2023 Author: Anita Thornton | [email protected]. Last modified: 2023-05-22 03:30
Young children touch everything they can get their hands on: including toys, of course! Consequently, their favorite stuffed animals and figurines can quickly get dirty.
We know: children don't always use their toys in the traditional way and they often end up, to the great displeasure of parents, in baby's mouths - even older ones too… In short, this figurine who was lying on the floor a few minutes ago ends up in your child's dirty hands and, if it's not her, it's your toddler's fingers that find the way to his mouth, or his eye. Also, children are used to sharing their toys with other children. From then on, the toy box, a promise of infinite pleasure and happiness, turns into a veritable nest of germs!
Clean the toys
In order to avoid infections and illnesses, we therefore clean the toys of our children daily. Good cleaning consists of two steps: cleaning and disinfection.
First, clean the toy with soap and water: no need to use antibacterial soap, simple soap (dish soap, for example)should suffice. The goal is to remove the dirt and grease accumulated on the toy.
Then we disinfect. It is important to clean before disinfecting, because germs, the very ones you want to kill with the disinfectant solution, live in dirt and grease. But how to choose the right disinfectant, which will be both effective and safe for our loves? From the outset, an inexpensive and effective disinfectant solution can be prepared by mixing a tablespoon of bleach in a liter of water. Simple, isn't it? Bleach, when used in the right proportions, is safe and non-toxic for children: in fact, the chlorine found in the solution evaporates quickly. Otherwise, you can choose a commercial disinfectant solution, but make sure it is non-toxic.
Obviously, depending on the nature of the toy and its size, cleaning will not always be done in the same way.
No need to panic and clean your children's toys every day! It is nevertheless a good idea to clean them on a regular basis: once a month, for example. It is also necessary to clean them on certain occasions, such as when your child has spilled food or liquids on his toys – or on the tray of his high chair. Same thing when your child is recovering from an illness. And, after having friends over, we make an effort to clean the toys withwhich children have played and possibly put in their mouths.
Also know that it is strongly recommended to clean new toys before giving them to children.
Little plastic toys that don't have batteries are easy to clean: just put them in the top rack of the dishwasher and wash them on high heat. They will not only be cleaned, but also disinfected!
If you don't have a dishwasher, or just prefer to do it by hand, clean the soiled toy with soap and water, until all stains are gone. Then spray the toy with disinfectant solution. Leave on for ten minutes, then rinse with water before wiping with a clean cloth.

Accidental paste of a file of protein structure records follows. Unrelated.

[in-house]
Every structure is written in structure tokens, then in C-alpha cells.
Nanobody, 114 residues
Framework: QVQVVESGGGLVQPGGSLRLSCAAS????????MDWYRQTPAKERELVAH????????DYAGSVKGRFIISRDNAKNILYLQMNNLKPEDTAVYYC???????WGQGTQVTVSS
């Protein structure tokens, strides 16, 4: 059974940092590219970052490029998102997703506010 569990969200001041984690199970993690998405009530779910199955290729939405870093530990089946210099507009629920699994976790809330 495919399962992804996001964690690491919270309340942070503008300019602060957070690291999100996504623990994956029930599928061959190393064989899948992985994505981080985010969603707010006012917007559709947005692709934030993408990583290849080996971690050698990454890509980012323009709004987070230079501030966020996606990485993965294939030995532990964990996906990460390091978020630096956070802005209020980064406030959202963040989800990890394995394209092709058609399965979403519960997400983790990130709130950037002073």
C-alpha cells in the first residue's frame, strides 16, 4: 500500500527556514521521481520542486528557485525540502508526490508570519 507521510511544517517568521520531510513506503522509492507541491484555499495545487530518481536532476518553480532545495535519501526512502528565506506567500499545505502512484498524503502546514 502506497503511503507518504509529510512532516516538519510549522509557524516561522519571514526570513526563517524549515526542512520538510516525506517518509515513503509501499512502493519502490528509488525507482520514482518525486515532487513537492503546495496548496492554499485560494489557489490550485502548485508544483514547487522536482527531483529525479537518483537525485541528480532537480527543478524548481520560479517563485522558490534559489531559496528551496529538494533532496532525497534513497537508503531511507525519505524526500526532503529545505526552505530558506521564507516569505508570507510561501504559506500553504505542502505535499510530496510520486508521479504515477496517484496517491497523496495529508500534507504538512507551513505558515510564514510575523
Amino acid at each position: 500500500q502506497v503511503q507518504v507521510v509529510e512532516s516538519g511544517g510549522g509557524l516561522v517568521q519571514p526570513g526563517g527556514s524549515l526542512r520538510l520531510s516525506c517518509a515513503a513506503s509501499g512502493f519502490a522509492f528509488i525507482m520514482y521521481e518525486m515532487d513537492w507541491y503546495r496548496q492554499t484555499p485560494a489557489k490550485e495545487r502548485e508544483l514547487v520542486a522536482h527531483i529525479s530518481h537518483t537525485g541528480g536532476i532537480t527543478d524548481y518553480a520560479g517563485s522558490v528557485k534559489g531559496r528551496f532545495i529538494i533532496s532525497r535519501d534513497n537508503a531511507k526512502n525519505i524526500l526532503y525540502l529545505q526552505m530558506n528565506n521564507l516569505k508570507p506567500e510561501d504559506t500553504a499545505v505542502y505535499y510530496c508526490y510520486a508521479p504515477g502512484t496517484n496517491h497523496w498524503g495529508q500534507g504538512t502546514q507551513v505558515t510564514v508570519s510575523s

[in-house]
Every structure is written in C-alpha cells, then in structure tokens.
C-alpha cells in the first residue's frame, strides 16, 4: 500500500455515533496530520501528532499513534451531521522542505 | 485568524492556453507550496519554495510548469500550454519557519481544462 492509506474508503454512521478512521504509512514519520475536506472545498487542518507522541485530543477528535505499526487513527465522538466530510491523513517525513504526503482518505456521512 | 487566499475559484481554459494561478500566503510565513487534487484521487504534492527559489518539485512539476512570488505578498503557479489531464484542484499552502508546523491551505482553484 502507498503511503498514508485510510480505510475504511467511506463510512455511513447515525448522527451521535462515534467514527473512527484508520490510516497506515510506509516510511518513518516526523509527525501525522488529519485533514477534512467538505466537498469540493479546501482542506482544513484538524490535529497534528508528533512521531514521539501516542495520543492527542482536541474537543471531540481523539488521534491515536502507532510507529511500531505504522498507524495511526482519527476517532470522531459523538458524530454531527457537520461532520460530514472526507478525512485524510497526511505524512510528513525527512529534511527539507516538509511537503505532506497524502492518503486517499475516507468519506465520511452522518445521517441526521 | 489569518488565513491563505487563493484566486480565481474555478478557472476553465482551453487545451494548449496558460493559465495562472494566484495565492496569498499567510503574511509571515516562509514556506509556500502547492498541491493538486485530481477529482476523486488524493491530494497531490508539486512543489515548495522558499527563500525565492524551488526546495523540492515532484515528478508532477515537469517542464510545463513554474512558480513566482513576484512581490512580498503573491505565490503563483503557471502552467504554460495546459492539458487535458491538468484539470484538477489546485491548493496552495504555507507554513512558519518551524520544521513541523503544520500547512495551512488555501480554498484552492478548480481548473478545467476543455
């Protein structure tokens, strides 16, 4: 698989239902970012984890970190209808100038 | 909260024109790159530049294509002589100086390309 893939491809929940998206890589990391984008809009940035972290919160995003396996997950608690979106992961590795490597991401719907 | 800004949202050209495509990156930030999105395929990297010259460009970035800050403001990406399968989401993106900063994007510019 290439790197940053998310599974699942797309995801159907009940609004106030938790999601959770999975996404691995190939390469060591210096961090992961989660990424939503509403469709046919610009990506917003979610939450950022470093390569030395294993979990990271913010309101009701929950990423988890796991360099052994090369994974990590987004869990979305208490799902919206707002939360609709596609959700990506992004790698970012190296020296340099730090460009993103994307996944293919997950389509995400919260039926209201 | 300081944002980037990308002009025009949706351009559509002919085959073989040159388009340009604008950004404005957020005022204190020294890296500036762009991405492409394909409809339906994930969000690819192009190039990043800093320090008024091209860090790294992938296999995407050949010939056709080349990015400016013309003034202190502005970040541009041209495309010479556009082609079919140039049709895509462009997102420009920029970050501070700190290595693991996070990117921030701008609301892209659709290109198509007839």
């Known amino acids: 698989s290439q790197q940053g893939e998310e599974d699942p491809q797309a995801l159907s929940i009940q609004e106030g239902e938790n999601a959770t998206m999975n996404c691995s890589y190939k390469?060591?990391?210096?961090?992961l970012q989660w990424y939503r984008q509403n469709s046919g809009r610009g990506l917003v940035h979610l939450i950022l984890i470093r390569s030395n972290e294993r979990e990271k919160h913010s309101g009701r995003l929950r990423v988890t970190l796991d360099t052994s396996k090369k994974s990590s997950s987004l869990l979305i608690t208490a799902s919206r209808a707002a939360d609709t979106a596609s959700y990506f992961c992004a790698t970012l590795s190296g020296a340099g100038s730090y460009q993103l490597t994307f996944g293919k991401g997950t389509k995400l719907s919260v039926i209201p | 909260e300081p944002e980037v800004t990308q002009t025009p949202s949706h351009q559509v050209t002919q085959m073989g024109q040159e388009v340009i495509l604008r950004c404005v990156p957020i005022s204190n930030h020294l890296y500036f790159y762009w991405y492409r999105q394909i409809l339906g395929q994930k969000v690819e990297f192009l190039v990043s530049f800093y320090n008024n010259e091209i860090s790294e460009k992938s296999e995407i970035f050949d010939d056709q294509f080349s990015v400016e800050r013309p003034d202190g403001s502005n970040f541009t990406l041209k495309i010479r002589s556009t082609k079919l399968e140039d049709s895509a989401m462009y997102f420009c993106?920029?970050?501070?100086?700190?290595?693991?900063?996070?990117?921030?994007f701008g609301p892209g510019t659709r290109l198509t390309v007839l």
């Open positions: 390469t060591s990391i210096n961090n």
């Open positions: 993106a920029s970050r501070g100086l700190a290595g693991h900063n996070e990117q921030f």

If the toy in question uses batteries, clean its surface with soap and water, then wipe it with a cloth dampened with disinfectant solution. It is of course allowed to dry before giving it back to the child. We proceed in the same way for larger toys, made of wood or metal.
Soft toys and fabric toys
We can find an impressive number of germs, bacteria, mites in fabric toys and stuffed animals: they are nevertheless so comforting and remain children's favourites ! So, in order not to spread certain viruses, it is important to clean them regularly, and especially when the child is sick. So we washmachine-wash fabric toys with detergent and hot water. If possible, they are also dried in the dryer, at high temperature: thus, more bacteria and microbes will be eliminated. And remember that if your child is sick, it is important to immediately clean up any toys they have handled, salivated on, or vomited on.
Bath toys spend a lot of time in water, but they need to be cleaned too. On the one hand, at the end of each bath, we make sure that there is no water left inside them. We also get into the habit of letting them soak in a solution of water and bleach (or a non-toxic commercial disinfectant solution) regularly. It is not uncommon to see mold or fungus appear on bath toys. Therefore, it is strongly advised to relegate them to oblivion, in order to avoid he alth risks.
And toys that don't go in water…
Of course, there are also toys that just don't go in water: like cardboard books, or puzzles. You will find on the market disinfectant wipes with which you can clean these objects. However, be sure to dry them well with a clean cloth afterwards, to prevent them from getting damaged.